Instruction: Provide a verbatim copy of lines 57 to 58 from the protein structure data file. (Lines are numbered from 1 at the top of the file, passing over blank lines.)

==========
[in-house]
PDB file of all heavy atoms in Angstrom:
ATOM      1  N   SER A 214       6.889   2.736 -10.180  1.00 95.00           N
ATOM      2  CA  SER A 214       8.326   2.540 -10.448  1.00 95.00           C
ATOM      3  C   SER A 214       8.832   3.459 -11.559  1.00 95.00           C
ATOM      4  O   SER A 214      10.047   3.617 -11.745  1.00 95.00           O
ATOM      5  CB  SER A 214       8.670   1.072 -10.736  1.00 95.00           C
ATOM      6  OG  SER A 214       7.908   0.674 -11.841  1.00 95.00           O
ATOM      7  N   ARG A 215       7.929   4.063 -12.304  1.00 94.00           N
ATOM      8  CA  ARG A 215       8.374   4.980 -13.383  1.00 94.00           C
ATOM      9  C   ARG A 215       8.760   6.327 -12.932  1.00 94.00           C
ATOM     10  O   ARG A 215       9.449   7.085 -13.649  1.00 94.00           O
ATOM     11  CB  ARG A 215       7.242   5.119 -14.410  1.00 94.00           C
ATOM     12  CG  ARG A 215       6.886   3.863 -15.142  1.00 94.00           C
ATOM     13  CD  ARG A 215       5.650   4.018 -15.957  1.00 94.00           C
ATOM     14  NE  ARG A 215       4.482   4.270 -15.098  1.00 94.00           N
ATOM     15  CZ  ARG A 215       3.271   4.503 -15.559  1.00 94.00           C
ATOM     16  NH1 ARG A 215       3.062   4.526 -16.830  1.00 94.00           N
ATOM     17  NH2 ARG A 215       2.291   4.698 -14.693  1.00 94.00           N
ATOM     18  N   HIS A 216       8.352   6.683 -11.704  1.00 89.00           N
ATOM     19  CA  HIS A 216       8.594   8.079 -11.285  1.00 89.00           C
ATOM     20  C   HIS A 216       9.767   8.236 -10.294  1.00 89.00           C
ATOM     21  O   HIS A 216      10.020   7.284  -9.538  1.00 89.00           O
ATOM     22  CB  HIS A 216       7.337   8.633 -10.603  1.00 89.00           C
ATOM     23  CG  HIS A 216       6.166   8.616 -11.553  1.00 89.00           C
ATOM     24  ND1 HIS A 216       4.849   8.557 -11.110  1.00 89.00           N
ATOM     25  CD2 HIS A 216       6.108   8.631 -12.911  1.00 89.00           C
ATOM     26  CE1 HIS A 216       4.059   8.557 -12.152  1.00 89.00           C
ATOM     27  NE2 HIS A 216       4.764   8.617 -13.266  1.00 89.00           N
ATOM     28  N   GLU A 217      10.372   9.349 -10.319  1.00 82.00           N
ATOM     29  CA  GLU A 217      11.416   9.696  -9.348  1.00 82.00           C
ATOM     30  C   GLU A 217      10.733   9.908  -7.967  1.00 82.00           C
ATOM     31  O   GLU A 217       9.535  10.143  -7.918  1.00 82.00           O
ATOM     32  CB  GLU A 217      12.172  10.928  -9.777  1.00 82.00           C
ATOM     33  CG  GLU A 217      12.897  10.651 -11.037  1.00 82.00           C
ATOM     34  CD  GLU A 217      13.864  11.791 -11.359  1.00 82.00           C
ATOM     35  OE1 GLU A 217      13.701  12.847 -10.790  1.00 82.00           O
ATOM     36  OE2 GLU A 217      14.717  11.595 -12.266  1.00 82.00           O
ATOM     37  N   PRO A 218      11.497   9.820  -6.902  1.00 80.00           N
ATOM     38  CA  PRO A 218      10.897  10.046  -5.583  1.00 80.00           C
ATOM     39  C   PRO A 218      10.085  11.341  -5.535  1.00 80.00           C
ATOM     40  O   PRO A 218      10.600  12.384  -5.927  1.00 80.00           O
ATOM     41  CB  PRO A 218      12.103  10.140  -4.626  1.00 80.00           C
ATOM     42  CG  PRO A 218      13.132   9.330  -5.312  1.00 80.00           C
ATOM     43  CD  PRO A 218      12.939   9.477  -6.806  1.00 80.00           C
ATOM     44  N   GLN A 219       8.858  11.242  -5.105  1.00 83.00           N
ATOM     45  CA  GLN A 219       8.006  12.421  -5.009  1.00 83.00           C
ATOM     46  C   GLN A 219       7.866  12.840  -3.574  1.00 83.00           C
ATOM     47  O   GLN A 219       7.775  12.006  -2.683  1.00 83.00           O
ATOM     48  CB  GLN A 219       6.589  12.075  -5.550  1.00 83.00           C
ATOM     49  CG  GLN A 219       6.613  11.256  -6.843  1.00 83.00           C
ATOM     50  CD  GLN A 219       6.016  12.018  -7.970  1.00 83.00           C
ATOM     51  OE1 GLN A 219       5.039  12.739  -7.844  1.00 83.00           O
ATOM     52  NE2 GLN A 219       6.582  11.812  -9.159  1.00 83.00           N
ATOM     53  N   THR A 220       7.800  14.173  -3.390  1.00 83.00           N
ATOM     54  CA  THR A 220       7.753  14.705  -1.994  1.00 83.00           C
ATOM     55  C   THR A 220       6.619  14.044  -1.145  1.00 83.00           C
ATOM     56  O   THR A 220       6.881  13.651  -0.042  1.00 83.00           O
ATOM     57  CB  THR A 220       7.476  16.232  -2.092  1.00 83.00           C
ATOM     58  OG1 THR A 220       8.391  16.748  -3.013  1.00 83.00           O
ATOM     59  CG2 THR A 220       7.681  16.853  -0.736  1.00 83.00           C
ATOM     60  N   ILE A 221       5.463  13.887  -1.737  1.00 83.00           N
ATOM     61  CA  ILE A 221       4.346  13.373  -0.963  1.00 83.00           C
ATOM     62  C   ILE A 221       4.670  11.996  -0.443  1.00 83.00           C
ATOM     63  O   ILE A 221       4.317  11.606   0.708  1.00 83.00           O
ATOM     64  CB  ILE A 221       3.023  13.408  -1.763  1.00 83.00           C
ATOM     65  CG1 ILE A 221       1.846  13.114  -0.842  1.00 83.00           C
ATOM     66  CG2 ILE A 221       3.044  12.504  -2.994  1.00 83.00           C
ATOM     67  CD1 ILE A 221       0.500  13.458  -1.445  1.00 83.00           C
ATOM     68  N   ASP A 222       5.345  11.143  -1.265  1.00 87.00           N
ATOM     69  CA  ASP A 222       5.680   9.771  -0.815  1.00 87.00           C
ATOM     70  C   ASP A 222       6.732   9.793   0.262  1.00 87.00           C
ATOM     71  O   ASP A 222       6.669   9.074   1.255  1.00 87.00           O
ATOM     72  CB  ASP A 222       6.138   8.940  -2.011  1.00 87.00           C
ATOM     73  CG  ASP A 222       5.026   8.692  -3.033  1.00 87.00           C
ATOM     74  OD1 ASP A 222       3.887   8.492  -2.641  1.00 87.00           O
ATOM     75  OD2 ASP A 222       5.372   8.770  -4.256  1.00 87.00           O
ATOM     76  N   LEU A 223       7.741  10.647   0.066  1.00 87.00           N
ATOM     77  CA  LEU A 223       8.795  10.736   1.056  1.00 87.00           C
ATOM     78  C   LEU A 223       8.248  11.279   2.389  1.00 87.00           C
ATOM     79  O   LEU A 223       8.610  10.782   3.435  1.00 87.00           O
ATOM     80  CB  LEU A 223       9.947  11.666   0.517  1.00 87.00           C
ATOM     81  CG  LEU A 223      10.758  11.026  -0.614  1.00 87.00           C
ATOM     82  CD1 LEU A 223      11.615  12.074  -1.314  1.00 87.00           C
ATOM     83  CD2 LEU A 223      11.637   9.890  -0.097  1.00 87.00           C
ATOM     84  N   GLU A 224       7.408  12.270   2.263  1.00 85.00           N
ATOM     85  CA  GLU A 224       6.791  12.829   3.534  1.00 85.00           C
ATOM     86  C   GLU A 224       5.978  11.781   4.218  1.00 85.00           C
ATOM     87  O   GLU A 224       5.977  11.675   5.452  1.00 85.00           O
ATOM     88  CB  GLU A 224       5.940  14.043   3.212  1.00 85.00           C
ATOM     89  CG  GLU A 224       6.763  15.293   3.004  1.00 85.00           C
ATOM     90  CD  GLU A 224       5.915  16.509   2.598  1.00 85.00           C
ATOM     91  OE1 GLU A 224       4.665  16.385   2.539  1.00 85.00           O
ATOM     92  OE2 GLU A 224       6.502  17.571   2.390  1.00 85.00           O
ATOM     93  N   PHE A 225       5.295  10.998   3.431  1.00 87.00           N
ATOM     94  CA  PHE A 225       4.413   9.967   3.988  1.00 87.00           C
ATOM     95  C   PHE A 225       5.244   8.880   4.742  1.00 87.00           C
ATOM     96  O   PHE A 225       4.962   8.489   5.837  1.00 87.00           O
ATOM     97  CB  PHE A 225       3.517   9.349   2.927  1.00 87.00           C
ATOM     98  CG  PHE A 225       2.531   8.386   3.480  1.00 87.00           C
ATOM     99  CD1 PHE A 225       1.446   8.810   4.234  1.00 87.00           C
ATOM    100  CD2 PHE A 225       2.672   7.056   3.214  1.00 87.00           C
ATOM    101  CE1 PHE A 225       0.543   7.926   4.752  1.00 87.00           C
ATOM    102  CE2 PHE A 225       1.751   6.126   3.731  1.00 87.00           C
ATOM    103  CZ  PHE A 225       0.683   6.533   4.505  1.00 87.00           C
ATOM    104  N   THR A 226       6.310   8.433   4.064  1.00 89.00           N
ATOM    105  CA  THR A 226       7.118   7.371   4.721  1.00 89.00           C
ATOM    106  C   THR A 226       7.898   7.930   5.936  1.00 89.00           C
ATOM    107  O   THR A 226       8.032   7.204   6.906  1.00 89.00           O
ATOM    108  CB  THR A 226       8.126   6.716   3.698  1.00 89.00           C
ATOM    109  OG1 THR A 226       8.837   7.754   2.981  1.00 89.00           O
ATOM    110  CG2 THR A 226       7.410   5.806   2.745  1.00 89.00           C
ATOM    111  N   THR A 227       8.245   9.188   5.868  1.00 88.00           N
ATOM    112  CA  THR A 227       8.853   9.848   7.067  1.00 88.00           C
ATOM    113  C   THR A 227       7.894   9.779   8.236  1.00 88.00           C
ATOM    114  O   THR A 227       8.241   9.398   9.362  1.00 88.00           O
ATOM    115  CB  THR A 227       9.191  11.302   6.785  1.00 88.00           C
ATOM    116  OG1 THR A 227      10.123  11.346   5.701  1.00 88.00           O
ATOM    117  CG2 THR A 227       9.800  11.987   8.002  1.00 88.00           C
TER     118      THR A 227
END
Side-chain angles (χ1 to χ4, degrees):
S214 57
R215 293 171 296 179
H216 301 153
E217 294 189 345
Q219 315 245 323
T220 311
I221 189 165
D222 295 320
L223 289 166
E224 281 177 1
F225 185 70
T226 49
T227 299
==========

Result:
ATOM     55  C   THR A 220       6.619  14.044  -1.145  1.00 83.00           C
ATOM     56  O   THR A 220       6.881  13.651  -0.042  1.00 83.00           O